Remembering the past – National Committee of the Friends of Myall Creek, back row, left, Ted Stubbins, Keith Munro, Sally Cordiner. Middle, Adele Chapman-Burgess, Co-Chair Ivan Roberts, Roger Knox, Graeme Cordiner, Brian Donnelly. Front, Kelvin Brown, Ann Daly, Cecilia Blackwell, Northern Tablelands MP Adam Marshall, Jo Miller and Peter Stewart.
Monday, 11 March 2019
FRIENDS of the Myall Creek Massacre Memorial recently has secured a State Government grant for more than $1 million to complete the next stage of their ambitious Myall Creek Cultural and Education Precinct Project at the memorial site near Bingara.
NorthernTablelands MP Adam Marshall announced the funding today after meeting with the groups’ co-chair Ivan Roberts and committee members to go over the second stage of the three-stage plan.
The funding of $1,066,981 was secured through round two of the NSW Government’s $100 million Regional Cultural Fund and will be used to progress the completion of a permanent memorial and educational centre.
“This is wonderful news for the Friends of Myall Creek and for reconciliation in this country,” Mr Marshall said.
“For years the group has been wanting to construct a permanent centre at the memorial site to help educate the community about the history of Myall Creek and other tragic massacres across our region and Australia.
“The 1838 massacre of 38 unarmed Aboriginal people was the first time settlers were held to account for their actions – tried, convicted and hanged.
“The National Committee of the Friends of Myall Creek developed an exciting plan to construct a state-of-the-art educational centre at the memorial site and have come together from right across Australia.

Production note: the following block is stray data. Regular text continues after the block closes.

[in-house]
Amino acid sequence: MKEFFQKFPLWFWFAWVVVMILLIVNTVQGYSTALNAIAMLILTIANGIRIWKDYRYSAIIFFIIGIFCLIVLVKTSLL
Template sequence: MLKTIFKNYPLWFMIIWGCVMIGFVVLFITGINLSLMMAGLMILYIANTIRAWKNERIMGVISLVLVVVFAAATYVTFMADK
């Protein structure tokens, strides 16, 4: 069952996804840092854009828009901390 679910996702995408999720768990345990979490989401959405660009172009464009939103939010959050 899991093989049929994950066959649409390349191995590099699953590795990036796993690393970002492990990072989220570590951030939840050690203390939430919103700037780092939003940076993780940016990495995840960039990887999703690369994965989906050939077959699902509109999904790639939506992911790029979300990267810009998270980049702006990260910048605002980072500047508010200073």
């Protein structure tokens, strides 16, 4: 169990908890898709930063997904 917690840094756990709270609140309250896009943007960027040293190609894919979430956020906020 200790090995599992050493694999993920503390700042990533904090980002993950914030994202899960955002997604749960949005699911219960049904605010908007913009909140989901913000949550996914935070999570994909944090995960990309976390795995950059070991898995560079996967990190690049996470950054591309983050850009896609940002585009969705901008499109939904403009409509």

“Plans for the almost $10 million project are ambitious and I am excited to throw my full support behind it and to announce the first $1 million contribution.
“It is a brilliant project and I commend the Friends of Myall Creek national committee for its unstinting and generous commitment to increase the profile of the massacre memorial and to ensure that the history of the Myall Creek massacre – and many others like it – is remembered and that we then learn from it.”
Committee Co-Chair Ivan Roberts said the funding would allow the second stage to be developed, including landscaping, artwork and bush food garden.
“We are thrilled to have this funding and it will allow the committee to undertake and complete the second stage of the whole development,” Mr Roberts said.
“We will be able to greatly develop the site to include a culturally appropriate outdoor performance space and a meeting place for dance, drama and storytelling.
“There are plans to also replant Indigenous vegetation, including a ‘bush food’ garden, preserving traditional foods and medicines informing the connection between culture, land and farming practice.
“There will also be the installation of commissioned public artworks representative of the cultural explosion generated by the healing that has taken place at Myall Creek, as well as building much-needed parking bays and amenities which will cater for the growing number of visitors to the precinct.”